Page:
Moritz Egetmeyer

Forward to Strawberries Beyond My Window

Waltraud Kirschke

Victoria, Canada

Moritz Egetmeyer, publisher of the OH Cards, wrote the forward for the book Strawberries Beyond My Window: Games of Association for Opening the Door to Creativity and Communication, by Waltraud Kirschke (Eos Interactive Cards: Victoria, Canada, 1998).

An Excerpt from the Forward

My commitment to this special genre of games of association and communication reflects an involvement that has developed gradually over time. From today’s perspective [1998], I see all the people and ideas contributing to the creation and growth of this genre as particles in a stream, converging on one another propelled by a current of events.

Never in my wildest dreams did I envisage founding a publishing company for unusual card games! Yet when I decided to make known in Europe both the [original] OH cards – which I consider a masterpiece – and their creator, I was met by every conceivable publisher with rejection. Without the slightest idea of where it all would lead, we, a newly-founded German-Canadian family, decided simply to try our luck [with publishing them ourselves]. Today OH is published in 14 different languages [21 languages by 2012], along with the 8 titles [17 titles by 2012] that followed it. Contacts have been established with people on every continent who successfully use these cards in work and play, enriching their lives with them without being prescribed any particular way to view the world.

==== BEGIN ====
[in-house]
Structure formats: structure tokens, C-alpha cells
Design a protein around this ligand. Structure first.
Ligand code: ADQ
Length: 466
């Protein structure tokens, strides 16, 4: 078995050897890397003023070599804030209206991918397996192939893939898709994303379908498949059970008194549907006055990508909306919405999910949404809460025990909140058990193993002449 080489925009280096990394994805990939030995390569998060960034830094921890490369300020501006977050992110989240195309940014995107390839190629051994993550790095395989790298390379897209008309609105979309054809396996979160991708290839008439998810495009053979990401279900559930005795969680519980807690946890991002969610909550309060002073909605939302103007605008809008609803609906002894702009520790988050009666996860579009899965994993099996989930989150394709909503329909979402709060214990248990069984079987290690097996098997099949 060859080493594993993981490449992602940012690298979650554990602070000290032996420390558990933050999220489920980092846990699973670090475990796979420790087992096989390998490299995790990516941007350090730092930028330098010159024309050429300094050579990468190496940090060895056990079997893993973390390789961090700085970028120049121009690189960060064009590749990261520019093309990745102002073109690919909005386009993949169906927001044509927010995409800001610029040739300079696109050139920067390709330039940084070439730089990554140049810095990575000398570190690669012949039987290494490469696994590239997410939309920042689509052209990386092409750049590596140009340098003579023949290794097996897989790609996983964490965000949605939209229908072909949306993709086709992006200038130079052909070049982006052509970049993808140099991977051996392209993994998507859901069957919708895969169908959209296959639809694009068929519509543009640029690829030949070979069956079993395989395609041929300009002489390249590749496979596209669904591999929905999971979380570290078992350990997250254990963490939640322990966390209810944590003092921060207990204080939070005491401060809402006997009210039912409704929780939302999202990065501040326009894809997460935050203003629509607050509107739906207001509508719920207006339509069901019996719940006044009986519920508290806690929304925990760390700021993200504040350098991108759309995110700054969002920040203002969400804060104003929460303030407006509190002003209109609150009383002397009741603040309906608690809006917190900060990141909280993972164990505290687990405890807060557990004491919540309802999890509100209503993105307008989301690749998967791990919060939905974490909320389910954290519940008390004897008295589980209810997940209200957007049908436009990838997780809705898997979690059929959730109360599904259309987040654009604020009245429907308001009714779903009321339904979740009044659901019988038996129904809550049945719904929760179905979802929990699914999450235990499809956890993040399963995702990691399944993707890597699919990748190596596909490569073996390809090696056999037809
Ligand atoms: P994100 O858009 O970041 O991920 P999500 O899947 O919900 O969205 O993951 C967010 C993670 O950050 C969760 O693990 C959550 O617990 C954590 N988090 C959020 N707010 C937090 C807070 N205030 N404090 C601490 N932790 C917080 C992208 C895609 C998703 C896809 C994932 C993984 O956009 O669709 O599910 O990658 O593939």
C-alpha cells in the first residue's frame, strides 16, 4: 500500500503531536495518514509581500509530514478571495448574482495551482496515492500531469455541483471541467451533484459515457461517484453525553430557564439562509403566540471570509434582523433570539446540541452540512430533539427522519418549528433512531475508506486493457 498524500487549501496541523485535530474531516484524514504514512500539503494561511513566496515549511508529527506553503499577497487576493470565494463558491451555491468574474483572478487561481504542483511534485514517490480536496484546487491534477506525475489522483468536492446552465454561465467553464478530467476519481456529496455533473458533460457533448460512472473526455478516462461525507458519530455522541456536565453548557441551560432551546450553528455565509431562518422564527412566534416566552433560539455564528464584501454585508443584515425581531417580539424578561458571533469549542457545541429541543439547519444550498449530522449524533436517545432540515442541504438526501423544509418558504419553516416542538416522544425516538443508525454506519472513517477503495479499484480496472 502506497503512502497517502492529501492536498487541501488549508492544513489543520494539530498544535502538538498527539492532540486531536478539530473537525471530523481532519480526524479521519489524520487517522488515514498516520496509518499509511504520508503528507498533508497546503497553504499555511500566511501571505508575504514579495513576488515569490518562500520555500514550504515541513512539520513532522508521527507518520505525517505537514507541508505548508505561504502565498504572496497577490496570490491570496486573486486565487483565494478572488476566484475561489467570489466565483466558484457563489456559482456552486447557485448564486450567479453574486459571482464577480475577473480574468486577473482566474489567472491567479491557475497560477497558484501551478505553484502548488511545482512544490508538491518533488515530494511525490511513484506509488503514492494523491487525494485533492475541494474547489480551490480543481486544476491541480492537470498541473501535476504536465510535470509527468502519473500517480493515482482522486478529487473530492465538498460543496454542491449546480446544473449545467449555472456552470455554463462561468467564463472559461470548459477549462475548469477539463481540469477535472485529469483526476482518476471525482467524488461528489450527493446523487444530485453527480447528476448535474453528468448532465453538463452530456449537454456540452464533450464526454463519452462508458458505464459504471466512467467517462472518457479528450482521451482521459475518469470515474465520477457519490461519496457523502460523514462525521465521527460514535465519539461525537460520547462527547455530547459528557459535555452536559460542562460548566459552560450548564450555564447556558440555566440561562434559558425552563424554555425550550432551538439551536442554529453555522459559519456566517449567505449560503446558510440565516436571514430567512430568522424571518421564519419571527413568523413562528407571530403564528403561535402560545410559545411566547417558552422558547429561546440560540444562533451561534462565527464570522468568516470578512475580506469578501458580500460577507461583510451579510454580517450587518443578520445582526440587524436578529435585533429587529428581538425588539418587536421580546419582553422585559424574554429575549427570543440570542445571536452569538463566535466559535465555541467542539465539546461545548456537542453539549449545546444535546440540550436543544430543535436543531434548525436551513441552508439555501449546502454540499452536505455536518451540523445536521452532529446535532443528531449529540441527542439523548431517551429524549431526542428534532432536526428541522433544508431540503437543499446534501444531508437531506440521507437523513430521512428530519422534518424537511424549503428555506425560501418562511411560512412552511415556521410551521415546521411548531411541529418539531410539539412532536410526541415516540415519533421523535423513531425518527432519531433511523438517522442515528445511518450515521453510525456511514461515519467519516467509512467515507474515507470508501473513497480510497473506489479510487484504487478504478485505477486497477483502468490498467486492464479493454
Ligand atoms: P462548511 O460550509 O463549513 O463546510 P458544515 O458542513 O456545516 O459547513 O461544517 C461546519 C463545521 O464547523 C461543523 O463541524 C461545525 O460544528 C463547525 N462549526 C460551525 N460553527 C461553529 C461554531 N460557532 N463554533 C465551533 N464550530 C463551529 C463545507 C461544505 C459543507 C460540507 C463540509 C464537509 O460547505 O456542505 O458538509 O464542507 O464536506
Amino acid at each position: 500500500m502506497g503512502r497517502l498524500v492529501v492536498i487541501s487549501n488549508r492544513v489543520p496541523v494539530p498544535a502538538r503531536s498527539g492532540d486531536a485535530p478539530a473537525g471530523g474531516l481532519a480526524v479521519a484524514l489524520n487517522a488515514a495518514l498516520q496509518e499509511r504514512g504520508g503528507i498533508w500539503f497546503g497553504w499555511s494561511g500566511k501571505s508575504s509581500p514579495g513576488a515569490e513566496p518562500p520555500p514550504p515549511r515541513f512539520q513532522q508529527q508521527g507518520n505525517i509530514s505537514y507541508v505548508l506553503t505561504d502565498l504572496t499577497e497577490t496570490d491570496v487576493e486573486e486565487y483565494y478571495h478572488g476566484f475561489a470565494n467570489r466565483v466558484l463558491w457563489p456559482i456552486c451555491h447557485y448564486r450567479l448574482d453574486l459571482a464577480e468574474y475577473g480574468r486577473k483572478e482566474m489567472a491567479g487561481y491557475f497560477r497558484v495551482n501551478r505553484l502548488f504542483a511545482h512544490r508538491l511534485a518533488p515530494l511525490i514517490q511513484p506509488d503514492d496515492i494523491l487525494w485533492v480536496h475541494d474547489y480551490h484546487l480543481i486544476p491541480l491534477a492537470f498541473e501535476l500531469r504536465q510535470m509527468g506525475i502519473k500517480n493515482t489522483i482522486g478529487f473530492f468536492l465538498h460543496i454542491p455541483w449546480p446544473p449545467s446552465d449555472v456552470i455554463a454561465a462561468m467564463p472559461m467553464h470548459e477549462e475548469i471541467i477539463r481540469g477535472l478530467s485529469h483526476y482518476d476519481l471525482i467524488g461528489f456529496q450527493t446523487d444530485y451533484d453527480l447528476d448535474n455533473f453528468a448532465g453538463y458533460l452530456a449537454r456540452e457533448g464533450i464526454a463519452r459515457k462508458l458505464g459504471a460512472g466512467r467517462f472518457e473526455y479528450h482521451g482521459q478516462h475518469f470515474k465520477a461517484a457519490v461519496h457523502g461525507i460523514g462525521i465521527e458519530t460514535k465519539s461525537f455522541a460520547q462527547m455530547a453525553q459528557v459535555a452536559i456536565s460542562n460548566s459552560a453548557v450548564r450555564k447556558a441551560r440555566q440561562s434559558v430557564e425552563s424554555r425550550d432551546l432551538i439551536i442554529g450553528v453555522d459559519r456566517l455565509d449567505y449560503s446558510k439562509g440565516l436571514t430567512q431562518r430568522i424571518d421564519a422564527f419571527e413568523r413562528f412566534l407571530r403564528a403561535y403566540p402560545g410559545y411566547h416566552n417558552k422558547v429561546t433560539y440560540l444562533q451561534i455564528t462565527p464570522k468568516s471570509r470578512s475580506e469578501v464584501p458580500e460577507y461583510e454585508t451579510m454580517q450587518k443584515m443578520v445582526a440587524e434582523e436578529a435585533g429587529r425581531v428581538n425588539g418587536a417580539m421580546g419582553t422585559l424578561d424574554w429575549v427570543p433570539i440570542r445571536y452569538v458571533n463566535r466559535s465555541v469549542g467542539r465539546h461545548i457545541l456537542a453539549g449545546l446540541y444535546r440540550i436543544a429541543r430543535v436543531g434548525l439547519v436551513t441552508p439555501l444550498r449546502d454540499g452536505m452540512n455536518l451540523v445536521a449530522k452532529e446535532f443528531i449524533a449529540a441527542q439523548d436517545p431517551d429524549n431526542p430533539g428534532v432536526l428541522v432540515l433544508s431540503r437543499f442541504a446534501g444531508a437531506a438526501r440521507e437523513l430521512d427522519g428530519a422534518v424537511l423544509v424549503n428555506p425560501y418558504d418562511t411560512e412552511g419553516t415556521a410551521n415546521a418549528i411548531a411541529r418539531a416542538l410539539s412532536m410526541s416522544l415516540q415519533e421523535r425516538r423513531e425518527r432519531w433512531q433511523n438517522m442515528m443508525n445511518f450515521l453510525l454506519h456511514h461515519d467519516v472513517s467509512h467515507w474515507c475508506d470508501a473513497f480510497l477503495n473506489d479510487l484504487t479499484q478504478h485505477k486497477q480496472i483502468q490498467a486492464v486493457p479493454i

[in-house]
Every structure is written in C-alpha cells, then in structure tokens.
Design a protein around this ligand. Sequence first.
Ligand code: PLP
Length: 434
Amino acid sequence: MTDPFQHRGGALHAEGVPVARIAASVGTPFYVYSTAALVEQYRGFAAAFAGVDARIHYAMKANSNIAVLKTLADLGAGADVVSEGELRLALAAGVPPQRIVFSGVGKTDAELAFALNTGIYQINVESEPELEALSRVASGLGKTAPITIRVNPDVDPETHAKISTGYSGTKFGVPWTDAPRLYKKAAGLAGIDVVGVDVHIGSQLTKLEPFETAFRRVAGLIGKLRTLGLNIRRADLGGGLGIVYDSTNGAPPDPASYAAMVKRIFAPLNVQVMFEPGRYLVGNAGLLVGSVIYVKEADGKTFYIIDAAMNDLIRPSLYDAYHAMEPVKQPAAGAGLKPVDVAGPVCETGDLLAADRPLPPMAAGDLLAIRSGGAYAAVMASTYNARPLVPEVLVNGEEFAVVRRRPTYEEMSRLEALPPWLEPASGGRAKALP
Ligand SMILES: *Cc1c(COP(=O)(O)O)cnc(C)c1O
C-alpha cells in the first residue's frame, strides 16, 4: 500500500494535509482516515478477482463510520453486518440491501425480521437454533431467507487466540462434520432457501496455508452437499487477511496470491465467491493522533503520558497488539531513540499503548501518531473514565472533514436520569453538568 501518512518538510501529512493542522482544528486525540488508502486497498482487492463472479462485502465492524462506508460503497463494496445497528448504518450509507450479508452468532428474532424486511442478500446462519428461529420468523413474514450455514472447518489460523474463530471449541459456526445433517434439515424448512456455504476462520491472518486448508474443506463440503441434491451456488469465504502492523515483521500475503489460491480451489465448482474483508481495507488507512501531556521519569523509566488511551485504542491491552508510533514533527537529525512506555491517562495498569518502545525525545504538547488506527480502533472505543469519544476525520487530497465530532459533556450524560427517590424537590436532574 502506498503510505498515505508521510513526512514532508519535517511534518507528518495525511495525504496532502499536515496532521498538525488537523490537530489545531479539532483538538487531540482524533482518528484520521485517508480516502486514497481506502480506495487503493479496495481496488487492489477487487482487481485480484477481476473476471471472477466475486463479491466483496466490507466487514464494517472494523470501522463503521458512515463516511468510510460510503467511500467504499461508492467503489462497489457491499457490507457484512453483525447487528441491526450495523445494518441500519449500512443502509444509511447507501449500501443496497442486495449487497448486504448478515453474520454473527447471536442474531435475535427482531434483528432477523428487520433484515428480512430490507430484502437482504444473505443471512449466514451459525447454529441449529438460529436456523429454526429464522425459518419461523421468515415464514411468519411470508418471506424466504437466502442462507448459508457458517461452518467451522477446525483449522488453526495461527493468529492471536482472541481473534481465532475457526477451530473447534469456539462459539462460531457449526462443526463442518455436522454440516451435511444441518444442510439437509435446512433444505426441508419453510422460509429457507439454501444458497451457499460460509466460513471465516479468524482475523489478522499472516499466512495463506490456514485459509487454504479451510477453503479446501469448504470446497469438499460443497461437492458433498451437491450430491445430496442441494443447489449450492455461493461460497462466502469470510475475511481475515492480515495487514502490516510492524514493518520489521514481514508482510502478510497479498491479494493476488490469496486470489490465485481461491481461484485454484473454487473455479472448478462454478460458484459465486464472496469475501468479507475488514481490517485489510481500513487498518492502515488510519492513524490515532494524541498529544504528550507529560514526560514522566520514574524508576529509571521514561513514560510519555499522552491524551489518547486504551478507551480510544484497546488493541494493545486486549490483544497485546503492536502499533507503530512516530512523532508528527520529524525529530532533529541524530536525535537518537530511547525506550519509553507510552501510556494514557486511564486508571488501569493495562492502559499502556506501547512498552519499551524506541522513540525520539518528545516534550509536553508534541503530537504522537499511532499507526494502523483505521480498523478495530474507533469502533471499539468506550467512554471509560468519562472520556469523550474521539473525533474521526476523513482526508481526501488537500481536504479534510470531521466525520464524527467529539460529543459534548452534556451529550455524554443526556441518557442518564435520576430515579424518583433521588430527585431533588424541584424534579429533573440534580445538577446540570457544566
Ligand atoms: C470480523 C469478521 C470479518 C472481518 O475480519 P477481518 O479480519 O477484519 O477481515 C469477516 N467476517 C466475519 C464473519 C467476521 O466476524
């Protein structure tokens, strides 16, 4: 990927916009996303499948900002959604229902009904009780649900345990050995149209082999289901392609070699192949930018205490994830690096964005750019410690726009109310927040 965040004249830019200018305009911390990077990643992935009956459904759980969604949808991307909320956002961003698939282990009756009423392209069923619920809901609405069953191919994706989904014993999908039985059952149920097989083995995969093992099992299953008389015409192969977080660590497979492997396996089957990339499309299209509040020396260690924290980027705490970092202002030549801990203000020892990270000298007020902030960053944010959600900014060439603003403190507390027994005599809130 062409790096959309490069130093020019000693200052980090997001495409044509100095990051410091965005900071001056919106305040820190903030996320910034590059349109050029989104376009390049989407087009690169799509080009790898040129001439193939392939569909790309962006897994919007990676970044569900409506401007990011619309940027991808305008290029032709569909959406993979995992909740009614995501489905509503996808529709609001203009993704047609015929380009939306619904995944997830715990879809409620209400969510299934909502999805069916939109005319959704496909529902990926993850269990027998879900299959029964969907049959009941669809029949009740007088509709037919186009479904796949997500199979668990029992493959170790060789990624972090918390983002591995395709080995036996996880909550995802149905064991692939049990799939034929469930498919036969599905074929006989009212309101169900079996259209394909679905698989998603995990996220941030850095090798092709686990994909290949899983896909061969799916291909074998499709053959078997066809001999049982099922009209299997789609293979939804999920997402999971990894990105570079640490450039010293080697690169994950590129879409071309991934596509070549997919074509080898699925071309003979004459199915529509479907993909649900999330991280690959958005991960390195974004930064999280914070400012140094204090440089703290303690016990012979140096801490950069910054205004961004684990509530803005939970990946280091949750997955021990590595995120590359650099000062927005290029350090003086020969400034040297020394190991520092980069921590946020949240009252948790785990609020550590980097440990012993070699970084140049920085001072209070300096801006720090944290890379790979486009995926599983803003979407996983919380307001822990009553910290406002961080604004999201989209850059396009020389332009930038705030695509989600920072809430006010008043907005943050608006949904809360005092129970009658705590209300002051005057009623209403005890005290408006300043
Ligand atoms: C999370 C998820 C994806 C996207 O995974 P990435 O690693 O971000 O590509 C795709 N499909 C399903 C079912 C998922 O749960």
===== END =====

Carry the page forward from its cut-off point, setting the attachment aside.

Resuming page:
In 1983 I was living on a remote island off the craggy Pacific coastline of Canada. After studying for 5 years in Vancouver I had had enough of the big city and moved to where I consider Canada really begins: to the countryside. “Black Sheep Island” – as we jokingly called this place where the majority of the 500 inhabitants, migrated from all over the globe, seemed to occupy the role of outsider or wanderer within their original families – was supplied as the last outpost with electricity and ferry service. Thus, it was less the complete dropouts and more the temporary dropouts who landed there, with a view to reflecting upon their lives and coming back to their senses.

This is exactly what Ely Raman [creator of the original OH Cards] and his wife Joan Lawrence were also doing in 1983. It was inevitable that island life would bring us together: although he had grown up in Mexico, Ely spoke German and was still keen on practicing it. Both of us had participated years earlier in courses at the same training centre, Cold Mountain Institute (without having met, however), and both of us were interested in dynamic and undogmatic personal development. There, on the island, I became acquainted and fascinated with OH: the foundation stone was laid.